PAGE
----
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The Hawaiian Language

The prevailing language of Hawai‘i today is English, liberally peppered with Hawaiian words and phrases.  All of a visitor’s requests for services can be understood as well as answered in English.  An elementary understanding of the Hawaiian language however, is the foundation of appreciating all of Hawaiian culture and your attempts to correctly pronounce words will show respect to the people who are your hosts.

Hawaiian place names are commonly used, so familiarity will breed less contempt when traveling.  Some words such as aloha, lū‘au and lei, you already knew before you became a malihini (newcomer); other words such as mahalo (thank-you), you will probably add to your vocabulary of the ‘ōlelo Hawai‘i (Hawaiian language) on the first day of your visit.

Hawaiian belongs to the Polynesian family of languages related closely to Tahitian, Marquesan and Māori, and more distantly to Fijian, Malagasy and Malay.  The first European to listen to the Hawaiians speak, Captain James Cook, found he was able to communicate with them thanks to his rudimentary grasp of Tahitian.  The Hawaiian that Cook heard evolved from the language of the Tahitian voyagers who populated the Hawaiian Islands centuries earlier.

The Hawaiians were rich in unwritten literature that included poems, songs, genealogies and mythologies.  Hawaiian existed in only its oral form until the early 19th century.  Christian missionaries, anxious to have Hawaiians read their teachings, set upon the daunting task of putting the unwritten language to paper.  The Hawaiian language, in both oral and written forms, continued as the language of general use for the government, business and social circles for several decades.  As their monarchy died, so did usage of the Hawaiian’s language.  Hawaiian is no longer spoken as the mother tongue except on the privately owned island of Ni‘ihau and in the homes of a few old Hawaiians.  Some local churches hold services in Hawaiian as well.

Recently, Hawaiian is receiving renewed attention by the state government and the school system.  In 1978 Hawaiian was again made an official language by the State of Hawai‘i, the only state to officially use a Native American language.  The government reestablished schools that teach through Hawaiian in 1987 and the University of Hawai‘i offers degree programs in Hawaiian language studies.

Children of Hawaii at Anahola School

Listeners to Hawaiian, delight in painting it with such flattering, but vague adjectives as melodious, soft, fluid, gentle and mellifluous.  Gushing metaphorically, Hawaiian sways like a palm tree in a gentle wind and slips off the tongue like a love song.  There are two unvarnished reasons for Hawaiian sounding this way.  First, unlike English, Hawaiian has no consonant clusters, and every syllable ends with a vowel, resulting in a high vowel to consonant ratio.  Second, Hawaiian has no sibilants (s-like sounds), an attribute endearing to singers.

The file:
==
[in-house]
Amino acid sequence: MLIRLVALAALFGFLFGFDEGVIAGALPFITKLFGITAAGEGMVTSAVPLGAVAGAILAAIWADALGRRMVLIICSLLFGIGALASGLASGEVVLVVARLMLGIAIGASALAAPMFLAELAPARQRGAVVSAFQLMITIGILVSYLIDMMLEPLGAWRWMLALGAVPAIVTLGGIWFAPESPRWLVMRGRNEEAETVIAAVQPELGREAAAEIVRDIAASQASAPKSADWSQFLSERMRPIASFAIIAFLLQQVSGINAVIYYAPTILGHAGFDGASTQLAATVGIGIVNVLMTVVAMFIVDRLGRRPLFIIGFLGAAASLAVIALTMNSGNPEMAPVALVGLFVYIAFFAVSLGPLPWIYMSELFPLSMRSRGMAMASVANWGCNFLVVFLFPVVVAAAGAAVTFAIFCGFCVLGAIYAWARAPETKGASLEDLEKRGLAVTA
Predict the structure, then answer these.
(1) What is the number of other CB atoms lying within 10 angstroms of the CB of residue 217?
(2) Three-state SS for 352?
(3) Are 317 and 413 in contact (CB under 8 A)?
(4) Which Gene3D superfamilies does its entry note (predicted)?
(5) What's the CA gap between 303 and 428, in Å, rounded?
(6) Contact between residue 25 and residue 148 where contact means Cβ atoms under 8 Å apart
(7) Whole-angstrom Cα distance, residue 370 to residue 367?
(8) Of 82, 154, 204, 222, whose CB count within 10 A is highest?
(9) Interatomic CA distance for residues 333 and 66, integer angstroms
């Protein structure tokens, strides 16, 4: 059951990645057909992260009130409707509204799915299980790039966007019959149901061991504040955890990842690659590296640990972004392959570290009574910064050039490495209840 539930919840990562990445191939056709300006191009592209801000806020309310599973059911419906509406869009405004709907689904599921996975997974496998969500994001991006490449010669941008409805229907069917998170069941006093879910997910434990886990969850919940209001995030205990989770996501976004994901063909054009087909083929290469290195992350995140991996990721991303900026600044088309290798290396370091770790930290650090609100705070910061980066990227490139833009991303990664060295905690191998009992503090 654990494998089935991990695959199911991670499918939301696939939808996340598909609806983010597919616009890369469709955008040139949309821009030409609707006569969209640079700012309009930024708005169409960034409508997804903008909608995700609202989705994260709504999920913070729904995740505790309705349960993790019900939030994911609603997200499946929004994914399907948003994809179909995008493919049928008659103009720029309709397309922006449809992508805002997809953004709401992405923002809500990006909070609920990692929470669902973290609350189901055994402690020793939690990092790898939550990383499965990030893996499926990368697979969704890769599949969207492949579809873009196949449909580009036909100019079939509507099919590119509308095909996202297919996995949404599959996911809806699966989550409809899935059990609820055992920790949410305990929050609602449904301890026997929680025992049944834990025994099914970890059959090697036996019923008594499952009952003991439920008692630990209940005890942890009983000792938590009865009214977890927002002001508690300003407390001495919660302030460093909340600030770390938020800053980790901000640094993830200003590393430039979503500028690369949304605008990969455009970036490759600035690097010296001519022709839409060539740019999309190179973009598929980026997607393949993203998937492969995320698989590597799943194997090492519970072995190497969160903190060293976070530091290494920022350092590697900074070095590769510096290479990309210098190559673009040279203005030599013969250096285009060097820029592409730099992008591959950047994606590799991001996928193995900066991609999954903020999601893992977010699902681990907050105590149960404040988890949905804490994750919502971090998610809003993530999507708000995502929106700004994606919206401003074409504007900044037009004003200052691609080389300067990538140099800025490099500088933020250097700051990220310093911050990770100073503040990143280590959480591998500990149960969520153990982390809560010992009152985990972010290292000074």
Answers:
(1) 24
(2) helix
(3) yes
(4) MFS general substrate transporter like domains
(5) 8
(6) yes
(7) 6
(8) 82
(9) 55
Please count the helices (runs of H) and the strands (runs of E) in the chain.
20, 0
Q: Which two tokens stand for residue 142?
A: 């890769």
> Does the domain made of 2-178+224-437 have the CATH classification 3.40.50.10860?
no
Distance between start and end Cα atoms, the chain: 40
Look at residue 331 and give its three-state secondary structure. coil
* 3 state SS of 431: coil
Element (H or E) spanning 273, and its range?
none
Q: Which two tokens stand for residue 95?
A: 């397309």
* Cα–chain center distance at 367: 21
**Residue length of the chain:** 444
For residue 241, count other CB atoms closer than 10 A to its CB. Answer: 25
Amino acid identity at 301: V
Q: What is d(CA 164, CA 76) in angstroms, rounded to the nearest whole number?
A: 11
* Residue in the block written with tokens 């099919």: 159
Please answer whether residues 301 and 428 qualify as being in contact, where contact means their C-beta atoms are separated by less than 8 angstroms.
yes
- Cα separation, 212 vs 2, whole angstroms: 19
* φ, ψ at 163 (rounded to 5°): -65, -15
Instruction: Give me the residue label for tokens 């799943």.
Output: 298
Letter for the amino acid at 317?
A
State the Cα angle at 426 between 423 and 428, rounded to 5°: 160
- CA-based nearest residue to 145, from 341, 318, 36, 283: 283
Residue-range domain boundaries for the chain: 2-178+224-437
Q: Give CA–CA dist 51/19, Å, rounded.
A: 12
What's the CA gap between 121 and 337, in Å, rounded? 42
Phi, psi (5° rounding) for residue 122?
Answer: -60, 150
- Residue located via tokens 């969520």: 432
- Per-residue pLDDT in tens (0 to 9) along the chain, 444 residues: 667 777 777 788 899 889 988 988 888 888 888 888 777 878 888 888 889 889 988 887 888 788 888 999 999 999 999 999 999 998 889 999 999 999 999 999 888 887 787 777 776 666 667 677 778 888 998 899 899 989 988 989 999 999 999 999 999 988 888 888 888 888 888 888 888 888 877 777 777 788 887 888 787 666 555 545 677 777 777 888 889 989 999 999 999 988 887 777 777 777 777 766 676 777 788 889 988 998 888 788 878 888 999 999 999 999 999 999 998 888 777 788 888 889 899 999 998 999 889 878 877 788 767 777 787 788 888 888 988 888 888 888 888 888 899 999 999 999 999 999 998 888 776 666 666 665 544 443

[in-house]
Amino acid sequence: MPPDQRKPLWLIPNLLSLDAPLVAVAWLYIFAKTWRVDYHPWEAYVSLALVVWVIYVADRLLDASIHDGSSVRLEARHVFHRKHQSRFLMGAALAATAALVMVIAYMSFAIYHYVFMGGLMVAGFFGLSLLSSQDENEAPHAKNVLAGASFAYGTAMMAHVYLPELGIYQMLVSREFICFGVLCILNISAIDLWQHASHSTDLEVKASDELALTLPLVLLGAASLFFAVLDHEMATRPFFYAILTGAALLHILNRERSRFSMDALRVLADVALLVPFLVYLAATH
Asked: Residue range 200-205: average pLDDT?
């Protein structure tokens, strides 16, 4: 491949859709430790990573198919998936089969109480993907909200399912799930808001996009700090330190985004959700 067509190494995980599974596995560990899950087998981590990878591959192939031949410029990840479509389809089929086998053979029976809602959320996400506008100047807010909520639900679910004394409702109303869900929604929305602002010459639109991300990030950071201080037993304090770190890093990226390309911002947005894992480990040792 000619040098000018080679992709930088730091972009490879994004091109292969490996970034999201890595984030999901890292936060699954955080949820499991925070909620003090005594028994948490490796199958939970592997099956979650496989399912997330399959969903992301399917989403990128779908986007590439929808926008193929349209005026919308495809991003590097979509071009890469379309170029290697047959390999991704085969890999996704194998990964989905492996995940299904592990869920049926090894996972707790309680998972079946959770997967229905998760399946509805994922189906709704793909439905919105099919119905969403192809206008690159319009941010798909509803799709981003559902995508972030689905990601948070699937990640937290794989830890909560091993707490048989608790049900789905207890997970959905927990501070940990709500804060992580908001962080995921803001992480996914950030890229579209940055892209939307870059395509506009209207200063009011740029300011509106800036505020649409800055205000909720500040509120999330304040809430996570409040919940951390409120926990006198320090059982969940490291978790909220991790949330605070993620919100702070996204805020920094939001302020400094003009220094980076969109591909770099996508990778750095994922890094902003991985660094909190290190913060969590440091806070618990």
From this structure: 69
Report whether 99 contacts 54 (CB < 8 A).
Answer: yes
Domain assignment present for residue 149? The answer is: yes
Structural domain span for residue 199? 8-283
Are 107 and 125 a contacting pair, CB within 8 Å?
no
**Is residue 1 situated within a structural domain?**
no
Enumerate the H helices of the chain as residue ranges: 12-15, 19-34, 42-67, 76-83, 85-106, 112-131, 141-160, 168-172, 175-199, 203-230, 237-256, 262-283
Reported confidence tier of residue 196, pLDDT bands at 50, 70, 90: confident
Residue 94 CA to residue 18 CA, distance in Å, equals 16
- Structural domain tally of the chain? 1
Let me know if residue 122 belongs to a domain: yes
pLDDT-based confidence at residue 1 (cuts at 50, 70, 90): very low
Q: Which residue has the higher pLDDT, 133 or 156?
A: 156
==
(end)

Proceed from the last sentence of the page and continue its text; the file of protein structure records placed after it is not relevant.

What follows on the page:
The missionaries assigned only twelve letters to the alphabet when they phonetically rendered the Hawaiian language.  The consonants are: h, k, l, m, n, p and w.  Five vowels are used: a, e, i, o and u.  The consonants are pronounced as in English, except for the w, which is often pronounced as a v when it follows an e or an i in the middle of a word.  When w  follows an a it can be pronounced as either w  or v, thus you will hear either Hawai‘i or Havai‘i.   Hawaiian vowels come in both short and long duration forms.  Long duration vowels are stressed with a bar above the letter called the kahakō in Hawaiian and macron in English.  The vowels are pronounced as: a as in “father” when stressed and as in “above” when not stressed, e as in “they” when stressed and as in “let” when not stressed, i as in “marine”, o as in “boat” and u as in “true.”  As well as the kahakō, Hawaiian uses the diacritical mark called an ‘okina and is represented with ‘ which looks like a backwards apostrophe.  The ‘okina indicates a glottal stop and is used as an additional consonant.  In English it would approximate the sound between the vowels in the expression “oh-oh.”  Use of the kahakō and the ‘okina are important to correct pronunciation of the words in which they appear.  Their usage has become more prevalent in recent years; in older guidebooks and maps they were sometimes omitted.


There’s just one more rule you need to learn.  Consonants aren’t, but vowels can be clustered into diphthongs.  A diphthong is created when two vowels join to form a single sound.  The vowels glide together with stress being placed on the first vowel.  In English, examples are toil and euphoria.  Examples in Hawaiian are lei (lay) and heiau (hay-ee-ow).  The eight vowel pairs that make up Hawaiian diphthongs are: ae, ai, ao, au, ei, eu, oi, ou.

Some words are doubled to emphasize their meaning.  Wiki means quick, wikiwiki means very quick.  Hawaiian appears formidable when you are attempting to pronounce many long and similar-looking words.  The long words are usually combinations of shorter words and if you segment the long words into their shorter components, pronunciation becomes more easily achievable.  Several words begin with ka, meaning “the”, which is attached to the word itself.  Therefore Kā‘anapali, which means “the rolling precipices,” should be broken down to Ka-a-na-pa-li.  The name for Hawai‘i’s state fish is so long it will barely fit on a T-shirt, but when you break down humuhumunukunukuāpua‘a into humu-humu-nuku-nuku-apu-a-a, it’s not so bad.

Glossary of Hawaiian Words

a‘a  rough clinker lava, accepted as the correct geological term

‘ āina  land

ali‘i  chief, royalty

aloha  love, affection, hello, to greet, goodbye

ānuenue  rainbow

‘apōpō  tomorrow

a‘u  swordfish

hale  house

hana  bay

haole  Caucasian, recently come to mean any foreigner.